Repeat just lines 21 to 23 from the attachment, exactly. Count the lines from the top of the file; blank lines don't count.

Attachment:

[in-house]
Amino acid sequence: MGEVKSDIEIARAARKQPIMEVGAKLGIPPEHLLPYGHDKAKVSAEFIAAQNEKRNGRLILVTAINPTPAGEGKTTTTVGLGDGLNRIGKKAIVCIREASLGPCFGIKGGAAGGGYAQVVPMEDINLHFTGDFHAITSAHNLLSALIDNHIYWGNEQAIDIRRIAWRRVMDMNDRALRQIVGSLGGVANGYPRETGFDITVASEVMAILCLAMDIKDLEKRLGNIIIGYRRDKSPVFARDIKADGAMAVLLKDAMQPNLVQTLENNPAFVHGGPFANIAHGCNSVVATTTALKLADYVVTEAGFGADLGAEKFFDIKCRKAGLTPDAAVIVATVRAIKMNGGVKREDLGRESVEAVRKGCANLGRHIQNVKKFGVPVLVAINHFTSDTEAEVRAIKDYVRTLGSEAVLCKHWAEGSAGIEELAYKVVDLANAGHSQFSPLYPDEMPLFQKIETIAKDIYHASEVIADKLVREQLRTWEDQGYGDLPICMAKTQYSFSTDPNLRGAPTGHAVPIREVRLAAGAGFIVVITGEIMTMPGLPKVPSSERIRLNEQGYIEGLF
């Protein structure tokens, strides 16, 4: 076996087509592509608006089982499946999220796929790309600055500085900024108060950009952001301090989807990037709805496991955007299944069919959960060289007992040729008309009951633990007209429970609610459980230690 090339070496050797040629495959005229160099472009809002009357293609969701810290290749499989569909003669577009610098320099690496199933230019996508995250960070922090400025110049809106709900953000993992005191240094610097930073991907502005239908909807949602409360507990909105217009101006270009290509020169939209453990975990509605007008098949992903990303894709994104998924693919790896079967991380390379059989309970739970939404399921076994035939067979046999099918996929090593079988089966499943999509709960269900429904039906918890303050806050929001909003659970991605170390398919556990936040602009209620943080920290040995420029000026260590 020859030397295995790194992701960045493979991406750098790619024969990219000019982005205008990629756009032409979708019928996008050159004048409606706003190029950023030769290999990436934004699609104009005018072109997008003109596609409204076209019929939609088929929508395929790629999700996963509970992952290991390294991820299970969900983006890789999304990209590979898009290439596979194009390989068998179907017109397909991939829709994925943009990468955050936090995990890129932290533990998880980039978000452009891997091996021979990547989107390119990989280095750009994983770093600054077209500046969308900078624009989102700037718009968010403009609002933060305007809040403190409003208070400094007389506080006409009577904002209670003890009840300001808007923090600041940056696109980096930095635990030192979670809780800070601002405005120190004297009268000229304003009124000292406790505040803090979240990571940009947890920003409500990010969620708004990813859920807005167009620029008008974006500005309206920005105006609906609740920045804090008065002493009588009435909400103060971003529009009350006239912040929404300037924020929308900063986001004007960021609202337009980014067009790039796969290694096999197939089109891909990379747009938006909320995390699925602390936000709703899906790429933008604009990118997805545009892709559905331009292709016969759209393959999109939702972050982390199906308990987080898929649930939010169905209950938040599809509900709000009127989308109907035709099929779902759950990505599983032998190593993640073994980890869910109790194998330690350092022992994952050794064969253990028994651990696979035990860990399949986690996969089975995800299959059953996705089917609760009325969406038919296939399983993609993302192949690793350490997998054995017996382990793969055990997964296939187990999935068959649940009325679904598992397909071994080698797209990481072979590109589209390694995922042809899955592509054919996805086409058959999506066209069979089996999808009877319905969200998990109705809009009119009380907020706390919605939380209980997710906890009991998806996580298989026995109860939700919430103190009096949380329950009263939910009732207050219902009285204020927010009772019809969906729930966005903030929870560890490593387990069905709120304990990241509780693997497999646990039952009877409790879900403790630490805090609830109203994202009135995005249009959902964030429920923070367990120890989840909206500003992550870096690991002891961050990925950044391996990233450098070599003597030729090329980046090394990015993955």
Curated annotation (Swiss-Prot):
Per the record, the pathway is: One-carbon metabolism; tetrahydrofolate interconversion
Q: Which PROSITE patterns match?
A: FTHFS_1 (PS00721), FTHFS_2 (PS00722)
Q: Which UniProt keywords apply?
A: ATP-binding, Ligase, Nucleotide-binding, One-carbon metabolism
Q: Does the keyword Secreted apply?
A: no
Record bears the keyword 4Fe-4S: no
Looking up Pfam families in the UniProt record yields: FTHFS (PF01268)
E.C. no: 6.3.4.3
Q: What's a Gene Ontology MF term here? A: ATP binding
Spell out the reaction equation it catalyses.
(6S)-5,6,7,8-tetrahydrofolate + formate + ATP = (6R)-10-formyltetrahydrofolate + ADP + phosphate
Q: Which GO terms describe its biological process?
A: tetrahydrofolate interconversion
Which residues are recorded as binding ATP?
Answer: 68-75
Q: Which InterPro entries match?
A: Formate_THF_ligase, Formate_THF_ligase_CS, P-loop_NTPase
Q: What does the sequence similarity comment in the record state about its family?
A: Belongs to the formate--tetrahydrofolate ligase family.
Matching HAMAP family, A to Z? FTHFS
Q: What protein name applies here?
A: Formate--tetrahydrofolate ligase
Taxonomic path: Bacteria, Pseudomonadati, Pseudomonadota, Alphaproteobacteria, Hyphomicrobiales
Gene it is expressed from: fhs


Answer: 68-75
Q: Which InterPro entries match?
A: Formate_THF_ligase, Formate_THF_ligase_CS, P-loop_NTPase